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In the 2008 off-season, Alexander Radulov was a pioneer in shafting his NHL contract for a more lucrative KHL one.
Rather than finishing off his entry-level contract in the NHL, he signed a three-year, $13 million contract with Salavat Yulaev. In turn, he violated a legal contract and disappointed Predators’ fans and teammates.
For some reason, Radulov got off scotch free. His case was taken in front of an arbitrator and was unpunished, even though he was in direct violation of his professional contract. Now is the time to do what an arbitrator refused to do—make Radulov pay.
David Poile, General Manager of the Nashville Predators, announced earlier this week that he will meet with Radulov in Switzerland during the IIHF World Hockey Championships.
The purpose is unclear, but it is safe to assume, based on Radulov’s insistence of the meeting, that they will discuss the possibility of a return. Radulov still has two-years left on his contract with Salavat.
Is it possible that Radulov breach two legally binding contracts in the span on a year and a half?
Radulov’s initiative comes at a convenient time, as earlier this month, the KHL announced that it will be reducing all players’ contracts from 5-20 percent, depending on how large the contract is.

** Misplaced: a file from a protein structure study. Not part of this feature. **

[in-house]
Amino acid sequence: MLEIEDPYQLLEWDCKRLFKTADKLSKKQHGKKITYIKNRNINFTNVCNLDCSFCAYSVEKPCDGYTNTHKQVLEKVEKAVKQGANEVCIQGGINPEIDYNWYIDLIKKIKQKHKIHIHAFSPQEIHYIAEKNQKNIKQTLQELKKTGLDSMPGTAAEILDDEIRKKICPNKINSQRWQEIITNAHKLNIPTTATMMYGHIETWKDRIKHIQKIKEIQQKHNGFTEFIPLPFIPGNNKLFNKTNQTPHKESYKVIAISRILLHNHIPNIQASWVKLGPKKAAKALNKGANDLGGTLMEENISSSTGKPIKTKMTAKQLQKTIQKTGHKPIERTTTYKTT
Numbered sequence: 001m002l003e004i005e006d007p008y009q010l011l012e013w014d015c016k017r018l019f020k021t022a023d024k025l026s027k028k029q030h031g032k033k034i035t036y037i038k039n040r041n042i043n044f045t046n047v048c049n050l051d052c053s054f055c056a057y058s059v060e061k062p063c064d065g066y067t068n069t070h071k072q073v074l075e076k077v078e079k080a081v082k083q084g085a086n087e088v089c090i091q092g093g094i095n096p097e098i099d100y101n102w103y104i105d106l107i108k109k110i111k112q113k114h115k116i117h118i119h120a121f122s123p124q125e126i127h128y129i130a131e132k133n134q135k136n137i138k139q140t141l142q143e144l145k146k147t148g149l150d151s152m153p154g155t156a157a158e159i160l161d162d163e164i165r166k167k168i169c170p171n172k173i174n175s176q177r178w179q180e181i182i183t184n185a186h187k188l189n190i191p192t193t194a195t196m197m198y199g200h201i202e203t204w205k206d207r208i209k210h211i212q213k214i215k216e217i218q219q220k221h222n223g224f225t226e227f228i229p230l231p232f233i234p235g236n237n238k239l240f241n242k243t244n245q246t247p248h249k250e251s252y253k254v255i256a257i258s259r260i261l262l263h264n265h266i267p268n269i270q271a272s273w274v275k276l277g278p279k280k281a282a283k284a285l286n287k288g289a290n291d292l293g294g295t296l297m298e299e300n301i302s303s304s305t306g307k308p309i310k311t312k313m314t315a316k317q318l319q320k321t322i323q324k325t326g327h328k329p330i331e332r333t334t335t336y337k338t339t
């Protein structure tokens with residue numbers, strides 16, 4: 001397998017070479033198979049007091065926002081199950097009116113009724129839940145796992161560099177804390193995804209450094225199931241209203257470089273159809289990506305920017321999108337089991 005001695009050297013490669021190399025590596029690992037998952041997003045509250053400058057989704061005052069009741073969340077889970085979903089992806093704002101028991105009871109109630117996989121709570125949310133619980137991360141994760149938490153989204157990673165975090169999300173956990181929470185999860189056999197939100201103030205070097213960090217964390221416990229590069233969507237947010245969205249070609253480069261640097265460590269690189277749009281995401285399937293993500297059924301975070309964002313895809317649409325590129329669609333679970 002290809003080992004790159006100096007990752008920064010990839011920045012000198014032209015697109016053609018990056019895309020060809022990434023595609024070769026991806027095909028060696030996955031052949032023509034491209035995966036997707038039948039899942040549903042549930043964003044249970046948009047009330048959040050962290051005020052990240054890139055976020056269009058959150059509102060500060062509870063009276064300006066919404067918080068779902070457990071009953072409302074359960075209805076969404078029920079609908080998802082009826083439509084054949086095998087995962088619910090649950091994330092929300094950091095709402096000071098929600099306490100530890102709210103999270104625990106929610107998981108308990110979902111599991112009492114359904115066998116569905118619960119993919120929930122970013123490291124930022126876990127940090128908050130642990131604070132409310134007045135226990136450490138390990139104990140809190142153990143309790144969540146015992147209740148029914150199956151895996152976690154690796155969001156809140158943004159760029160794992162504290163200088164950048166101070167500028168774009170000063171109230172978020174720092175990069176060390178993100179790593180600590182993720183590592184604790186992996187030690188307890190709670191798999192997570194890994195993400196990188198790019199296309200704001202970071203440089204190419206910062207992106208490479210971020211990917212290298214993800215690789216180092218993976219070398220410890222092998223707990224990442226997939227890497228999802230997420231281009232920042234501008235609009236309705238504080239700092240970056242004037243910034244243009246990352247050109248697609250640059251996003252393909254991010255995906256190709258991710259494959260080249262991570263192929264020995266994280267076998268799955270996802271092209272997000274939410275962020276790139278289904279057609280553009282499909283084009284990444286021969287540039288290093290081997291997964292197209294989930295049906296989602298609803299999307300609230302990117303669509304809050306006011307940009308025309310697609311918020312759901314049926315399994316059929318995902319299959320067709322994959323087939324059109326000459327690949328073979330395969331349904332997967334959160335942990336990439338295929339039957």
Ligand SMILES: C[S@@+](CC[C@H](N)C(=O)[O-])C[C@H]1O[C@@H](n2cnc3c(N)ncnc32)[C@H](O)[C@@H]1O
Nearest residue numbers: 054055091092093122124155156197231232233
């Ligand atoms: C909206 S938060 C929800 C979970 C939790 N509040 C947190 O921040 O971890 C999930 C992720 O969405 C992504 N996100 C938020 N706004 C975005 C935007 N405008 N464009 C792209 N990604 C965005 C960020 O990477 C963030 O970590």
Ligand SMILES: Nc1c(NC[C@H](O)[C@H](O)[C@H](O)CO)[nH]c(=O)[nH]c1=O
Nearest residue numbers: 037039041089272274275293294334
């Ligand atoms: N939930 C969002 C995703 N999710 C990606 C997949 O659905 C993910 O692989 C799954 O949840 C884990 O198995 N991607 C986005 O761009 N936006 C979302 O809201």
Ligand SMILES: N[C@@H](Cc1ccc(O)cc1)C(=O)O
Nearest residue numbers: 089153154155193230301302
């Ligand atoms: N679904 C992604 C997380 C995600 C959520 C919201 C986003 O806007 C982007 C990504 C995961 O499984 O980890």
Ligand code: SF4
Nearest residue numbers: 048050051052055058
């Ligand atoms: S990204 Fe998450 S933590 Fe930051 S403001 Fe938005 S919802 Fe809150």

That $13 million doesn’t look so enticing now.
It is not as if Radulov was warned of this possibility. European hockey leagues have a history slashing contracts mid-season or occurrences of not even paying players at all.
If Radulov wants to come back to guaranteed money in the NHL, the Predators should force him to play for free—how ironic.
His contract should be restarted the following year when his loyalty is re-established with the organization and the fans.
Radulov tarnished his reputation in North America and he will have to do a lot of hard work in order to gain trust and loyalty back with not only the fans, but his team mates.
Regarding the subject, Predators’ captain Jason Arnott said:
“I’m sure we’d have to have a lot of talks about it. I don’t know if he’d be accepted in the dressing room after what he did.”
Not exactly a vote of confidence of the team’s leader. Come to think of it, do the Predators even want him back?
Do they need him?
If not, what type of team would take on a back stabbing player such as Radulov?
Possibly the Washington Capitals, who boast one of Radulov’s closest friends, in Alexander Ovechkin?…Not to mention fellow Russians Sergei Fedorov, Victor Kozlov and Alexander Semin.
Nonetheless, the Predators and the NHL have an opportunity to set a precedent with Radulov’s case. If players want to go to another league, while still under contract, they should be punished, especially if they want to come back.
There should be at least some sort of pay cut or extended entry-level contract for Radulov for his breach.
As a big Radulov fan, it is difficult for me to suggest a punishment for him, but what he did was wrong and should be appropriately punished.
For his sake, if he does come back to Nashville, he should be more worried about gaining back the loyalty of the fans and teammates, rather than a new contract.